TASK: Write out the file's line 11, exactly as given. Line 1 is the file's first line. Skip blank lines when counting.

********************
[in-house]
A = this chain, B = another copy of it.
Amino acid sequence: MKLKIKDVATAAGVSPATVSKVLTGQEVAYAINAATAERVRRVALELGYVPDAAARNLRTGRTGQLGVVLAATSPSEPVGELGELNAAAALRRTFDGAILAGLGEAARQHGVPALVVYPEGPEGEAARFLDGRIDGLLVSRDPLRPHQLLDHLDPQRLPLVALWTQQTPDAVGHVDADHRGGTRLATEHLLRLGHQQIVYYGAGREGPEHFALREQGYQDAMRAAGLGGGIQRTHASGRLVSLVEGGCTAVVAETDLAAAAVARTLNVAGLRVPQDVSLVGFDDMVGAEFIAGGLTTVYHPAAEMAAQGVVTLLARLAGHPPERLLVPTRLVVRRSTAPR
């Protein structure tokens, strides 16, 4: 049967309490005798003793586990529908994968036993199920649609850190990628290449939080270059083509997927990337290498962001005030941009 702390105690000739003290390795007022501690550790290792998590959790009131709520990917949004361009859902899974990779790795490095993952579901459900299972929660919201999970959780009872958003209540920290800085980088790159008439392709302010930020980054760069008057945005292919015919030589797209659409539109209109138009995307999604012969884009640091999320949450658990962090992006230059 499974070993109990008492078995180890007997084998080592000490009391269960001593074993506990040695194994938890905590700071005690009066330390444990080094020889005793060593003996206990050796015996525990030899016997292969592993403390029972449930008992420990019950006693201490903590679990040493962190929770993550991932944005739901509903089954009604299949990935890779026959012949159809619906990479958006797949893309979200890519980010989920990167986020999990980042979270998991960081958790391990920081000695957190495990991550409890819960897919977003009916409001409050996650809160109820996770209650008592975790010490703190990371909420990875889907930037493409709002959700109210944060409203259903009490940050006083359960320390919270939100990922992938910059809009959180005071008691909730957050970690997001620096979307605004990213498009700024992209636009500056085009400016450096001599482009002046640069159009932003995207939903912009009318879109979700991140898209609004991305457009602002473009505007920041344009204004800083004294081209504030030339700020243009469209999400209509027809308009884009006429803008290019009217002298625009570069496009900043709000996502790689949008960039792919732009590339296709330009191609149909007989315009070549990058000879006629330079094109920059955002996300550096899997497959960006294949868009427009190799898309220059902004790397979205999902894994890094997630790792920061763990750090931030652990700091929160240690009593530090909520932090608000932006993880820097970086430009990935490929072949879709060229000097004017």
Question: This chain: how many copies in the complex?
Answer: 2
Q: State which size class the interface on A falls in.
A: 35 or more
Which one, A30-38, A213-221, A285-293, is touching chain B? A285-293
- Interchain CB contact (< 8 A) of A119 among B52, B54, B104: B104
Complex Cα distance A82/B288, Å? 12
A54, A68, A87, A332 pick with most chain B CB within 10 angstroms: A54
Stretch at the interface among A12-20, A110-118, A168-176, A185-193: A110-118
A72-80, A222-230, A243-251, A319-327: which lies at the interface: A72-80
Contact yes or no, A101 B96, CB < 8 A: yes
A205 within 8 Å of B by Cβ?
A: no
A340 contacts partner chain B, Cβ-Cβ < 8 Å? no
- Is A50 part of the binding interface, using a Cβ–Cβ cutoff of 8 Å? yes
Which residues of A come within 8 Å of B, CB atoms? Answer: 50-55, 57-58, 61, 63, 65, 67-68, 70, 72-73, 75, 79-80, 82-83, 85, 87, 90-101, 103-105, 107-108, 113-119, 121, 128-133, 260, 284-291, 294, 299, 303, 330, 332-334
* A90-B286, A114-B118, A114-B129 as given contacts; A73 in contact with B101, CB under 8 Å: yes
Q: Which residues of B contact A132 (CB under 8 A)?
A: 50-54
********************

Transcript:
Complex Cα distance A82/B288, Å? 12